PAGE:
Engineer Manchester is one of the old 6-ft. . singles designed by Mr. Allan, and rebuilt for the use of the Permanent Way Department. The names and numbers have all been taken off, and the plate on the engine merely indicates to which district it is attached.
The Jeanie Deans class consists of 10 engines, 1301 Teutonic, 1302 Oceanic, 1303 Pacific, 1304 Jeanie Deans, 1305 Doric, 1306 Ionic, 1307 Coptic, 1309 Adriatic, 1311 Celtic, and 1312 Gaelic.
C. M. Doncaster
The statement as to L. & N. W. R. bogies referred to main line engines. We are aware of the tank engines, which, however, were built for the Company as eight-wheeled engines by Beyer, Peacock, & Co. [4-4-0T as per Metropolitan Rly] They were rebuilt at Crewe, with the addition of the coal bunker and trailing axle.
There are 20 engines of the class to which Prince Christian belongs, Nos. 999, 1000 and 1116 to 1133.
There are 25 liquid fuel engines on the G.E.R., and their numbers are 61, 63, 65, 66, 67, 69, 72, 73,75,96, 163.193, 211, 213, 215, 216, 217, 240, 241 , 281, 611. 712, 759, 760, and 761. The boiler centre of the 1090 class is 7-ft. 6-in. from the rails.
The extended smokebox has replaced the spark-arresting chimneys on American locomotives for two reasons. First, as the old arresters were placed above the blast, they baffled the draught, and wen. also soon destroyed, whilst the chimney was awkward to empty. Second, the inferior coal used in the States requires a strong draught, then with a sharp blast and small srnokebox the biting action is too severe, and benefit is derived from the equalising action of the large smokebox. Probably this latter reason has more application to English engines than the former, as all the nettings, &c., used in this country for catching sparks are placed below the nozzle of the blast pipe.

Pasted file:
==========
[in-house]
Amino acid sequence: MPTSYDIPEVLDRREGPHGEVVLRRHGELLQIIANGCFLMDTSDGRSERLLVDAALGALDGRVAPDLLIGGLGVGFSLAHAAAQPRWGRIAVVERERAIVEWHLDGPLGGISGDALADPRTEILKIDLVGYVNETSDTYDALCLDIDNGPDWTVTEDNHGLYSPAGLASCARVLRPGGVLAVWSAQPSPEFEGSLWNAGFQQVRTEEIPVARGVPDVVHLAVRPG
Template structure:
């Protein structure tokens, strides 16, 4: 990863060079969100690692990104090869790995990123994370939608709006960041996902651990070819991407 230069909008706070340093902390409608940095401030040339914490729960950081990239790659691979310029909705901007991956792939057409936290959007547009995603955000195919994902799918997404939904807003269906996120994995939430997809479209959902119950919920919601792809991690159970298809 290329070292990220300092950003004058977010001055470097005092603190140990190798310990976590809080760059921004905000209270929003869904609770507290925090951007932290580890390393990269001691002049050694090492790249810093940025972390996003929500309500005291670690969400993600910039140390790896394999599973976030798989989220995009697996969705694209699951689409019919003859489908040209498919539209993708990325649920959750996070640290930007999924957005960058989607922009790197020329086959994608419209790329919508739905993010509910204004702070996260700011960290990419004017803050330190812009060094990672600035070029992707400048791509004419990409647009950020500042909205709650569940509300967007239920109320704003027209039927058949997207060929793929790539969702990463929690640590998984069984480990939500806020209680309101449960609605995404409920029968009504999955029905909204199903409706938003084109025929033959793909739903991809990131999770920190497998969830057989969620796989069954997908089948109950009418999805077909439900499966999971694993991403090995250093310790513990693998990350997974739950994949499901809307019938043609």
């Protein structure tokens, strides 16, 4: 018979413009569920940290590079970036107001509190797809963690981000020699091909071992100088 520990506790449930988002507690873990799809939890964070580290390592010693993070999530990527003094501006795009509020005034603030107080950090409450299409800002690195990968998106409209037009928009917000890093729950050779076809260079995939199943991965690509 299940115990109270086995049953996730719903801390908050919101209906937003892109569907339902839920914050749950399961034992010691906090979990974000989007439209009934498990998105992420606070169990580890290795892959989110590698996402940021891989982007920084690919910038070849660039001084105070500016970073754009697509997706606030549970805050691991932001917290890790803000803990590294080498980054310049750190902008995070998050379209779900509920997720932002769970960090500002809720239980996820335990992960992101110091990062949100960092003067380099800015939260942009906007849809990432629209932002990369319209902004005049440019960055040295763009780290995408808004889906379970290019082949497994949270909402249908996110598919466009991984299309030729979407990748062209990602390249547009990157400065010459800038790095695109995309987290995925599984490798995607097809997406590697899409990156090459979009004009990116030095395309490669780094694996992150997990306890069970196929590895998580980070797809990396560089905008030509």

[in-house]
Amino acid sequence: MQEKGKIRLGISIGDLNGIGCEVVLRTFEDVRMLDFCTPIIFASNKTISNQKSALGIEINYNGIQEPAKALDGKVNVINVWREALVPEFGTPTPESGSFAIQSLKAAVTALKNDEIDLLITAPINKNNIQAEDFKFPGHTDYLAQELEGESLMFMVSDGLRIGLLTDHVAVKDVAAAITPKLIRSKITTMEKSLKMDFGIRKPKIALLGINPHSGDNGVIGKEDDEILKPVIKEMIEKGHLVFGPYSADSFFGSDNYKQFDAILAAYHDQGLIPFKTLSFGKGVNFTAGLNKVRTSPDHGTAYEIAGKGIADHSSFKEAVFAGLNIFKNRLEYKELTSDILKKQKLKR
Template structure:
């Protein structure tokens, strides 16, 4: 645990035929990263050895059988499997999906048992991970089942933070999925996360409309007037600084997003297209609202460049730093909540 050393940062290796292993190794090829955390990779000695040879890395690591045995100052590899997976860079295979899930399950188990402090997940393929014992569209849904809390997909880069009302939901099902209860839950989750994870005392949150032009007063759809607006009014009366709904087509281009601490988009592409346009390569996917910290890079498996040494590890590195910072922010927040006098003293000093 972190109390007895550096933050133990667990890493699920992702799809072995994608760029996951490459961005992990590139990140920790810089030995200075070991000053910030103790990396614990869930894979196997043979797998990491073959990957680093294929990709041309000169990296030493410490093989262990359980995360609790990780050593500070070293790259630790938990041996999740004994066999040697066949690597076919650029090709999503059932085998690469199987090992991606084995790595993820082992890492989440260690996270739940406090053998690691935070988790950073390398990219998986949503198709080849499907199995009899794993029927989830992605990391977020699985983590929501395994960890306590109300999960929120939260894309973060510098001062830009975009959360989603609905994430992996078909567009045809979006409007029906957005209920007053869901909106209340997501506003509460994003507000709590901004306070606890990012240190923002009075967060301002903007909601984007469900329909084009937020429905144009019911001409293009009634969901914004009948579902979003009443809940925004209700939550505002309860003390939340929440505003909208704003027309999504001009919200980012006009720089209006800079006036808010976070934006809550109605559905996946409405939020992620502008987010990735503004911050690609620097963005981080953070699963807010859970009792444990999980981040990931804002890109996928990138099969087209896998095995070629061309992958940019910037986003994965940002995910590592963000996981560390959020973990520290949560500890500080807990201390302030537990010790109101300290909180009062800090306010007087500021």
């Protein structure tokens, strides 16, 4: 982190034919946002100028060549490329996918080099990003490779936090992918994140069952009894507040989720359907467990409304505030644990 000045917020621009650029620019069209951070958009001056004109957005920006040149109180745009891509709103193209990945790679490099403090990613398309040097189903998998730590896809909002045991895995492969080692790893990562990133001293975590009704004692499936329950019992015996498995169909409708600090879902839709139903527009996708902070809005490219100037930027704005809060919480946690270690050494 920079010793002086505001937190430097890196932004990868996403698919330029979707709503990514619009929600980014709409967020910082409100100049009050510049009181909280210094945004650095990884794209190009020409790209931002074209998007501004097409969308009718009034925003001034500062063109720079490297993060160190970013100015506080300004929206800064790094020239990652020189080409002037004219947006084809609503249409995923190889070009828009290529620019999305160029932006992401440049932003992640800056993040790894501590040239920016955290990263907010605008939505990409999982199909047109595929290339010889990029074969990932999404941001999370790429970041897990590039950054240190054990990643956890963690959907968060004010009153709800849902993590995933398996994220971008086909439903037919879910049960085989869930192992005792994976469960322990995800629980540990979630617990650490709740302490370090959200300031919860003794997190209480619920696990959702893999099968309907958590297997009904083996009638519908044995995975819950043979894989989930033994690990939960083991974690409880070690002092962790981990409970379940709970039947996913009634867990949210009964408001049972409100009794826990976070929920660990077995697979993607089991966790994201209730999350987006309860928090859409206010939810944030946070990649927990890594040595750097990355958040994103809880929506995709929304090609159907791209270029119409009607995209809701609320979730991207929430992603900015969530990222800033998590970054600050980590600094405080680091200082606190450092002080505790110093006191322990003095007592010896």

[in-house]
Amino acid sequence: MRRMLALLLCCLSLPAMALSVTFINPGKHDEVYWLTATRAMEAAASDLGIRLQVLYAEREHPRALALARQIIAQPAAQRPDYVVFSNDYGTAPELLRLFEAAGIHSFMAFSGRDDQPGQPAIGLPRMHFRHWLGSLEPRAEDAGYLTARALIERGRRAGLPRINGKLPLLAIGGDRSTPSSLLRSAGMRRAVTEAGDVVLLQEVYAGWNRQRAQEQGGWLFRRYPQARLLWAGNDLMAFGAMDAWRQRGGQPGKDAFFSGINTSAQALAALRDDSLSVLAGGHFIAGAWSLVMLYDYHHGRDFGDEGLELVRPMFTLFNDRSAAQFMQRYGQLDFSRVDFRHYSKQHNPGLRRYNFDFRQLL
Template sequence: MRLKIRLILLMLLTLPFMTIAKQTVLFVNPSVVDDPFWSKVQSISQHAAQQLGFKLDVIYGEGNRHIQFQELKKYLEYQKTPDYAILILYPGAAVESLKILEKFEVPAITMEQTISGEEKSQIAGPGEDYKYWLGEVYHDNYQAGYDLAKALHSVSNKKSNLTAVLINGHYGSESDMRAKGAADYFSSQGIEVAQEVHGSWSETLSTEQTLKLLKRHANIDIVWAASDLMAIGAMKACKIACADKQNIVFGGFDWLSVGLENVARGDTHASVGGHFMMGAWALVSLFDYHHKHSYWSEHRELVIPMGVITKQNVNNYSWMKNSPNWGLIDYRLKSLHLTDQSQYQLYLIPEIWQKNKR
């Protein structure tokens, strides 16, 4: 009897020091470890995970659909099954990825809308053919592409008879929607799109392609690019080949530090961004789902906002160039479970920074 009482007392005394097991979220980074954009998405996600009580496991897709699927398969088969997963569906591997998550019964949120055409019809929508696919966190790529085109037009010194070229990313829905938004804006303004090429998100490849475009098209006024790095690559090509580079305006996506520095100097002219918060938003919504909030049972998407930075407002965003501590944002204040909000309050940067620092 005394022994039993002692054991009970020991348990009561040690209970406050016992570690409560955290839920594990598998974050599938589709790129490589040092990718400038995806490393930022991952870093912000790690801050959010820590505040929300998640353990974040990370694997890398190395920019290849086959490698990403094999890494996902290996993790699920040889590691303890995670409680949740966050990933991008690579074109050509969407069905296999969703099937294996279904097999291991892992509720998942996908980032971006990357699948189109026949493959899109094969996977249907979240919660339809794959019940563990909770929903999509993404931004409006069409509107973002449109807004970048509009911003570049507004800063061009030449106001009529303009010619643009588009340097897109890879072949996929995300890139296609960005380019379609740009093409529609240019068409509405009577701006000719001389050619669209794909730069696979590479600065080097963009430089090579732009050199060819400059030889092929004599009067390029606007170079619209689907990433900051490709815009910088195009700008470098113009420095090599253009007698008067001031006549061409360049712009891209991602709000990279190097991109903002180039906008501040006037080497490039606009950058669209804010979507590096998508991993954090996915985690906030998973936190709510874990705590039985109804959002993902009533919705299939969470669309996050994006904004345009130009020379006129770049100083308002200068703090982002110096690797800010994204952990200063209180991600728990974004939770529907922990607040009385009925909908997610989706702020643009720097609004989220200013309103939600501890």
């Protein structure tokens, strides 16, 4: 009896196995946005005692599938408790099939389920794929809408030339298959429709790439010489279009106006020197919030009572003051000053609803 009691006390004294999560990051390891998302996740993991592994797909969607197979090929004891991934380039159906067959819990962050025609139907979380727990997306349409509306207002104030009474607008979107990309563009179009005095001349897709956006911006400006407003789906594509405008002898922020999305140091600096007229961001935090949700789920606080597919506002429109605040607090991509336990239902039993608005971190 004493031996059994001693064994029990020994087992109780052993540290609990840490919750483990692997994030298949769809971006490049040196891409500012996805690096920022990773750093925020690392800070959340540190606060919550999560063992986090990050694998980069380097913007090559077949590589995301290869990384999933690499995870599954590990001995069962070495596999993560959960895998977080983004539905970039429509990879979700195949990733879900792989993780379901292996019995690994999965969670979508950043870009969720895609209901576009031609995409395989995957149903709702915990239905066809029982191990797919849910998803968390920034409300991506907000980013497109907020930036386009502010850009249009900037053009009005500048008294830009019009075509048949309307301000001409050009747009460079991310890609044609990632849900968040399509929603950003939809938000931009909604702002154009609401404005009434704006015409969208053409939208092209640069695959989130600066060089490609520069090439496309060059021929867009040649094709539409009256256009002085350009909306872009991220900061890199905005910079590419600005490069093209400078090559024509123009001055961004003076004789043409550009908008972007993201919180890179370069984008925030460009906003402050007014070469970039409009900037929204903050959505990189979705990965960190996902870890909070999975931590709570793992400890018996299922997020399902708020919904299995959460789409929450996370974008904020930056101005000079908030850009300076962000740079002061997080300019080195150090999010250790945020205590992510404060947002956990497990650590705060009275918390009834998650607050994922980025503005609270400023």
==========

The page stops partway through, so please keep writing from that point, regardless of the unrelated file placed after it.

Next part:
Much obliged for yours, and list of engines built by the Vulcan Foundry Co. We propose making use of this in an early number.
The early engines built by Messrs. Stephenson for America had their front carrying-wheels arranged to pivot, to enable the engines to take sharp curves better, the idea being taken from the large road vans used for carrying goods. These vans are called lorries, trollies, and in Newcastle bogies. Hence the name.
Some of the six-coupled tanks, 150 and 327 classes, on the G.E. Railway, have steel fireboxes, and we believe it is now the standard practice to use such on the L. & N. W. Railway engines,
Number 5 (May 1896)